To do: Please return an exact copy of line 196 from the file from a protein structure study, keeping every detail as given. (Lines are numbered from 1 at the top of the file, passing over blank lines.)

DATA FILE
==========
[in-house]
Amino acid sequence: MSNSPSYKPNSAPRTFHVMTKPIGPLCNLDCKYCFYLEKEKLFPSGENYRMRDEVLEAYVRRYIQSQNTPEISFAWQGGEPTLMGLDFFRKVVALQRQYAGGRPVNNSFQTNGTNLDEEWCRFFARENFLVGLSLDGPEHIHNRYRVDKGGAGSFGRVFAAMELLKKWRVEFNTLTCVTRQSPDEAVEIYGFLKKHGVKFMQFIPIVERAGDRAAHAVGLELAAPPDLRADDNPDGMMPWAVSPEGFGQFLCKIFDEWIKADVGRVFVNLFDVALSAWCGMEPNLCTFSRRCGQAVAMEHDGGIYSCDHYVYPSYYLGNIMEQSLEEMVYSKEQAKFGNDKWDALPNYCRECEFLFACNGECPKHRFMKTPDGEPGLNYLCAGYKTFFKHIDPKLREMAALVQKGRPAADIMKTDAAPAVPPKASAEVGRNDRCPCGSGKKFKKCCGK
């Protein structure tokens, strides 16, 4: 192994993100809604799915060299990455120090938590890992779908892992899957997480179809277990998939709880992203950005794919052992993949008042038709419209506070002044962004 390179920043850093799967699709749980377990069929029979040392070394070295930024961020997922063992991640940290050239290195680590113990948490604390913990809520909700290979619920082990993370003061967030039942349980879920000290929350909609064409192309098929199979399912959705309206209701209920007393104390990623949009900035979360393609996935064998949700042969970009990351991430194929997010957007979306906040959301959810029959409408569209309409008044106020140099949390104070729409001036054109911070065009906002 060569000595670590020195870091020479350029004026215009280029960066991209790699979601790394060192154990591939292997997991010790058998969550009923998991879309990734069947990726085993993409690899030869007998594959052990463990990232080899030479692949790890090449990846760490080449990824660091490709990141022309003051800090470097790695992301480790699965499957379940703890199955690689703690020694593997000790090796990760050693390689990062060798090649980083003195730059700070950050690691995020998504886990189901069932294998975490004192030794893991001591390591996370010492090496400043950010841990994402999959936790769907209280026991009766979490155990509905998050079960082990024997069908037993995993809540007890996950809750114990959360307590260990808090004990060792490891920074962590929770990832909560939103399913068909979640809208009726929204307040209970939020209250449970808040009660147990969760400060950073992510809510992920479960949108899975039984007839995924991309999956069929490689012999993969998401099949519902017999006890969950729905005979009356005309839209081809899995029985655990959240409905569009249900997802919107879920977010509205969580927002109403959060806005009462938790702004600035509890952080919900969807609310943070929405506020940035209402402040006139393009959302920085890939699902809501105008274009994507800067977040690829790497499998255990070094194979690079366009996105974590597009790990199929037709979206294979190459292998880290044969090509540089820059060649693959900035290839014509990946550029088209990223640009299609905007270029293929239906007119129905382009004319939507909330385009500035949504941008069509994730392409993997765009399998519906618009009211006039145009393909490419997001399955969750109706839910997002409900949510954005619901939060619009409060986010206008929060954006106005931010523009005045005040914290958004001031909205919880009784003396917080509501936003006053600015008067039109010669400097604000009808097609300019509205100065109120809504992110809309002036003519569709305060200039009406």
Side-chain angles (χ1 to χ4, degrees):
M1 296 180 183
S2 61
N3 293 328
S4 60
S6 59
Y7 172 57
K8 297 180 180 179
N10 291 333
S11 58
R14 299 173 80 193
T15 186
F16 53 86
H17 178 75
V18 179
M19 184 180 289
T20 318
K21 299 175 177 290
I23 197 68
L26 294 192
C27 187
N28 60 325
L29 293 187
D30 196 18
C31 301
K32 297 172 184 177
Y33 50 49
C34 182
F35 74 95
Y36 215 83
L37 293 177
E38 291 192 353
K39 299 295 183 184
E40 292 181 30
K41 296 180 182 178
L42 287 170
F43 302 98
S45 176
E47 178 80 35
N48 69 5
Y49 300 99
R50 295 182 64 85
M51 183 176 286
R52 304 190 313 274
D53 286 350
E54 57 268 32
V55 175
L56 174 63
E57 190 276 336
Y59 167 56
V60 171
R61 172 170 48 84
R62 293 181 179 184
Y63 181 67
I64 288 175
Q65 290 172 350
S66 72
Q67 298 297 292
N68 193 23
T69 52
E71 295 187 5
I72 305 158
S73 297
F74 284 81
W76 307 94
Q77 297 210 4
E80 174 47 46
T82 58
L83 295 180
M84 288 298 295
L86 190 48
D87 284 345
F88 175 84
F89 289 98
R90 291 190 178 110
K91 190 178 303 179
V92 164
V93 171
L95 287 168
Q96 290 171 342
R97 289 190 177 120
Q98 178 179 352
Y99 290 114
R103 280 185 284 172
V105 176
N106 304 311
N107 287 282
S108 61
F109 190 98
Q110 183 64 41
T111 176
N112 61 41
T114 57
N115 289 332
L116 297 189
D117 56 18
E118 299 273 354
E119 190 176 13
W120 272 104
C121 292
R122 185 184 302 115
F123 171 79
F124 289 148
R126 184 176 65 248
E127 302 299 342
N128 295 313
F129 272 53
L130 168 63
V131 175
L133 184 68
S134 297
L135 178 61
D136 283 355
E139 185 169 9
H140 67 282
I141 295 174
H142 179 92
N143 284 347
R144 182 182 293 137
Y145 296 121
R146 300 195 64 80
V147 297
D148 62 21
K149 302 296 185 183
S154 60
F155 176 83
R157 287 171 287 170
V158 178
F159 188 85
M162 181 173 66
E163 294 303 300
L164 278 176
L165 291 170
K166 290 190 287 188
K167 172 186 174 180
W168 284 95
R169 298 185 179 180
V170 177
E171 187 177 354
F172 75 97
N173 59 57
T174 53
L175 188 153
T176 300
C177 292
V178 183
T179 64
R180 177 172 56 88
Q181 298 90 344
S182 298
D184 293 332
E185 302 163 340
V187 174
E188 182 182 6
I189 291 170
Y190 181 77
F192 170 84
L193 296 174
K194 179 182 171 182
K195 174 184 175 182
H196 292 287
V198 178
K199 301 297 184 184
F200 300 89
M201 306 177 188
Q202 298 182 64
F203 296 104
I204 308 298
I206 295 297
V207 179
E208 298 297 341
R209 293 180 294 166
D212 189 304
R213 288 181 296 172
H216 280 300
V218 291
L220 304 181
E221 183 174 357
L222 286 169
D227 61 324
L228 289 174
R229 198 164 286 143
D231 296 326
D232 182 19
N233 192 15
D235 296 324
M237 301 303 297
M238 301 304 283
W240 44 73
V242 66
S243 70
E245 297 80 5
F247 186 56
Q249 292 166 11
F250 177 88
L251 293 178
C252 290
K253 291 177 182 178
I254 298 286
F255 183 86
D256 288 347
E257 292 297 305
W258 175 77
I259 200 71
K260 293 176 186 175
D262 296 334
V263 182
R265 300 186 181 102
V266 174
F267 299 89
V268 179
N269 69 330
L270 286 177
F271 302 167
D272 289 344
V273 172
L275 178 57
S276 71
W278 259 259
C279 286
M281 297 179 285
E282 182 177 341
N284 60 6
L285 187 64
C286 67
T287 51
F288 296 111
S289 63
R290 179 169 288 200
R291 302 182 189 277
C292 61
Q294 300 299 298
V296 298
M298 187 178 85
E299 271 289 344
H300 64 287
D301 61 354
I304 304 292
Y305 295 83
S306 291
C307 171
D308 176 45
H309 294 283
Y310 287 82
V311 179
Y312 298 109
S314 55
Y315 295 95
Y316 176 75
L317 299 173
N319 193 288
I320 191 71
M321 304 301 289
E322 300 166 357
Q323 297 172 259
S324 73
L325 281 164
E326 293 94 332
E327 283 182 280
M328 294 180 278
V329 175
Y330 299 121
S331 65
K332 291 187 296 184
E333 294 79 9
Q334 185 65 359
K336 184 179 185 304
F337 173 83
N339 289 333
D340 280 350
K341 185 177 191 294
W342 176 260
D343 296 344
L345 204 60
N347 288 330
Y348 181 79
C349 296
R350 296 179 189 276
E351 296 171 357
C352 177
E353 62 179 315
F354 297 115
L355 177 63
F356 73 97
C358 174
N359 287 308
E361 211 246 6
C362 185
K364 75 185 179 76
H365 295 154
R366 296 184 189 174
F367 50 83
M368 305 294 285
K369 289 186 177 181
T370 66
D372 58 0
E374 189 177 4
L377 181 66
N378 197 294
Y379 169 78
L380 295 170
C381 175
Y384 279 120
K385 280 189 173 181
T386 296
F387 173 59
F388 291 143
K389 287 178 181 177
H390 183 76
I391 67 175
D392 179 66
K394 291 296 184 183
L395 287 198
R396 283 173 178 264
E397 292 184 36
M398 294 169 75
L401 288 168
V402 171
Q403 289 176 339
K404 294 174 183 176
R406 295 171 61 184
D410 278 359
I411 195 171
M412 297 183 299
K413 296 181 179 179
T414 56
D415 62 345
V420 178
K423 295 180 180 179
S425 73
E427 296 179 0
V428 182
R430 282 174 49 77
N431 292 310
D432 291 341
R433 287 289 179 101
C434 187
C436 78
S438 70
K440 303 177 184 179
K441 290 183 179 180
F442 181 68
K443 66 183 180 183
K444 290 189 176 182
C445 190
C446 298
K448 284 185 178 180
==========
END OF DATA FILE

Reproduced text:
F247 186 56